WASHINGTON House Education and Labor Committee Chairman George Miller, D-Calif., wants the Justice Department to investigate whether there was a conspiracy among Crandall Canyon Mine officials to withhold information from the government about a "bounce" at the mine before the Aug. 6, 2007, accident that killed six miners and a subsequent accident that killed three mine rescuers.
An attorney for the mine released a statement calling the conspiracy allegation zealous political grandstanding.
As a result of the chairman's investigation into the accident, which was released Thursday, Miller asked the U.S. attorney general to investigate whether Laine W. Adair, general manager of Genwal Resources Inc., the mine operator, either on his own or "in conspiracy with others" purposely withheld information about the bounce a violent bursting of coal and rock caused by pressure or stress in order to continue mining at Crandall Canyon.
Miller said he was now going after Adair instead of Murray Energy head Bob Murray because of more evidence that Adair was directly responsible for communicating with the U.S. Mine Safety and Health Administration. Committee counsel Patrick Findlay said they want to learn whether Adair was part of a conspiracy and, if so, how high he went in withholding this information. They were reluctant to give more details, saying they wanted the Justice Department to take up the investigation.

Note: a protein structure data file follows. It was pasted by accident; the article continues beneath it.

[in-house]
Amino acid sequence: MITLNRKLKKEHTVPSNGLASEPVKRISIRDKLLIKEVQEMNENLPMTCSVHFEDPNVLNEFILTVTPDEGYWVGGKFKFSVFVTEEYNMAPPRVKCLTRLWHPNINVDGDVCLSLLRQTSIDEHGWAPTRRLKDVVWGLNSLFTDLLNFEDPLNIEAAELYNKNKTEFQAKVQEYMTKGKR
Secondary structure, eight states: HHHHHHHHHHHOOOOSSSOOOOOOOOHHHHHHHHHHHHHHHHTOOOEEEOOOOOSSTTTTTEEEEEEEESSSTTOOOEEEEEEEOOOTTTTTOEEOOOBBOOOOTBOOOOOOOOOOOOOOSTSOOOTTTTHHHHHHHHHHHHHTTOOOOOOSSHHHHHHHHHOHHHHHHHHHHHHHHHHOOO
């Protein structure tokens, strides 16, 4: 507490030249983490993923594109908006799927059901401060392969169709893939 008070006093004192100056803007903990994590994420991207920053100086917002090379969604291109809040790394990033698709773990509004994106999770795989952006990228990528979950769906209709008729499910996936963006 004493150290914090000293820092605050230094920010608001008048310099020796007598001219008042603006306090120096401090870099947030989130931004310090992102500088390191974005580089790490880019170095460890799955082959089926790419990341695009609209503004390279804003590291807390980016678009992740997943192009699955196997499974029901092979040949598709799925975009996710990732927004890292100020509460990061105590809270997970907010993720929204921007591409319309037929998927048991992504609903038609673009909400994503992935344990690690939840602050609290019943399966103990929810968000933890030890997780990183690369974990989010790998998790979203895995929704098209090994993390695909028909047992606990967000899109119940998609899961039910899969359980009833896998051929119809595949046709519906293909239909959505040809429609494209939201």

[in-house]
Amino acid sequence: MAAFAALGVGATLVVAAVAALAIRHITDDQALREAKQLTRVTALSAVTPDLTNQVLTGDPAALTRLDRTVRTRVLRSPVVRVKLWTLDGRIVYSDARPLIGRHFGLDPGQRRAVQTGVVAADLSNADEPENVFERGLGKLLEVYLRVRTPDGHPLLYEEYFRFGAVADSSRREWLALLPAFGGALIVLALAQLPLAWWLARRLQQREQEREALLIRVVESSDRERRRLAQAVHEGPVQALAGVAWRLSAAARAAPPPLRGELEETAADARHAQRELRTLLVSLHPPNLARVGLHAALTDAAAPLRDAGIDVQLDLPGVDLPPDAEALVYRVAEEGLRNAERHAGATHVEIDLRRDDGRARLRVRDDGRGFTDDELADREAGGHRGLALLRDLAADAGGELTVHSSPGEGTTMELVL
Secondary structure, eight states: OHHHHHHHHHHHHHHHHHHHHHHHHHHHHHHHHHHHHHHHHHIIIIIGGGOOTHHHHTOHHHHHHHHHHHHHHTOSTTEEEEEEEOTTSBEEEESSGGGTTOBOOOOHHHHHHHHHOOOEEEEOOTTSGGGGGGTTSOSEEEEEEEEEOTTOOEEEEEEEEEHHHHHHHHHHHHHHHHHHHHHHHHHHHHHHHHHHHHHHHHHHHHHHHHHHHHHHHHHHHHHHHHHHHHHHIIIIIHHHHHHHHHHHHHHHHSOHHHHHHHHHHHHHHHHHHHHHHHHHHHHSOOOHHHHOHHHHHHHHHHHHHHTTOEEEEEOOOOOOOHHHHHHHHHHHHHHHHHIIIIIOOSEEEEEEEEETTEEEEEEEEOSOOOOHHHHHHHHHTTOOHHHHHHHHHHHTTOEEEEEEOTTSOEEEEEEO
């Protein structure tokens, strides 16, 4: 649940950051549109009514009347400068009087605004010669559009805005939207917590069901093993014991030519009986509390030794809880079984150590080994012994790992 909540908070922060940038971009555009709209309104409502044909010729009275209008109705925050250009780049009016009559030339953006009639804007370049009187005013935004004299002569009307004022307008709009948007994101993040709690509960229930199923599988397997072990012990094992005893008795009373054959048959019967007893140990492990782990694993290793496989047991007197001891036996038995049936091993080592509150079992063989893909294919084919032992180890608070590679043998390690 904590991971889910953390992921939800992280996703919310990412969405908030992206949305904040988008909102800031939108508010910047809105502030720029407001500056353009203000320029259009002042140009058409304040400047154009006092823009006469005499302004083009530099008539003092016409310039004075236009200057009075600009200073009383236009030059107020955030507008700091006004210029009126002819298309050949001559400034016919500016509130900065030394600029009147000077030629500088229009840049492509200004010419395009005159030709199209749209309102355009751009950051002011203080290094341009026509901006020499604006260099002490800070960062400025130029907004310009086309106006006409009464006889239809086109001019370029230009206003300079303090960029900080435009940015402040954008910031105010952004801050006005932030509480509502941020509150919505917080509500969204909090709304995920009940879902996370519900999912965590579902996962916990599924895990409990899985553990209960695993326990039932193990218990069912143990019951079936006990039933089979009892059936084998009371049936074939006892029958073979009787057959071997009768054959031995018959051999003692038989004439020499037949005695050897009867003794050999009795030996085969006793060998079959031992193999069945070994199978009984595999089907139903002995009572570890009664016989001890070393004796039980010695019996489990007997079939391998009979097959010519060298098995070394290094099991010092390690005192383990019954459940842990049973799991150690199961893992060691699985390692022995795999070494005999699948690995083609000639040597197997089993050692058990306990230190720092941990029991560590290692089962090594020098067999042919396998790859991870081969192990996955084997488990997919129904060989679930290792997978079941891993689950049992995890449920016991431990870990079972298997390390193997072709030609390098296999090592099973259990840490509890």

U.S. Attorney for Utah Brett L. Tolman said "further investigation and consideration of criminal charges" will be taken seriously. "We will carefully screen the material provided to us," Tolman said in a statement released shortly after the Thursday morning press conference in Washington ended.
Utah Gov. Jon Huntsman Jr.'s spokeswoman, Lisa Roskelley, said hard-working coal miners in Utah, and the entire country, "deserve to know that mining companies are being held responsible."
"If there was intentional misdirection on the part of individuals at Crandall Canyon in order to receive MSHA approval, they should be prosecuted. The fact is that this report doesn't make the nine families who lost someone in this tragedy whole, but hopefully it can at least be used to ensure that this does not happen again," she said.
After reviewing more than 100,000 pages of documents produced by Murray Energy, which operates the mine, and more than 300,000 pages from the Labor Department, Miller said the investigation found that the accident resulted from a mining plan that "never should have been submitted by the mine safety operator and never been approved by the Mine Safety and Health Administration," mainly because the March bounce before the accident should have alerted those involved that the mine was unsafe.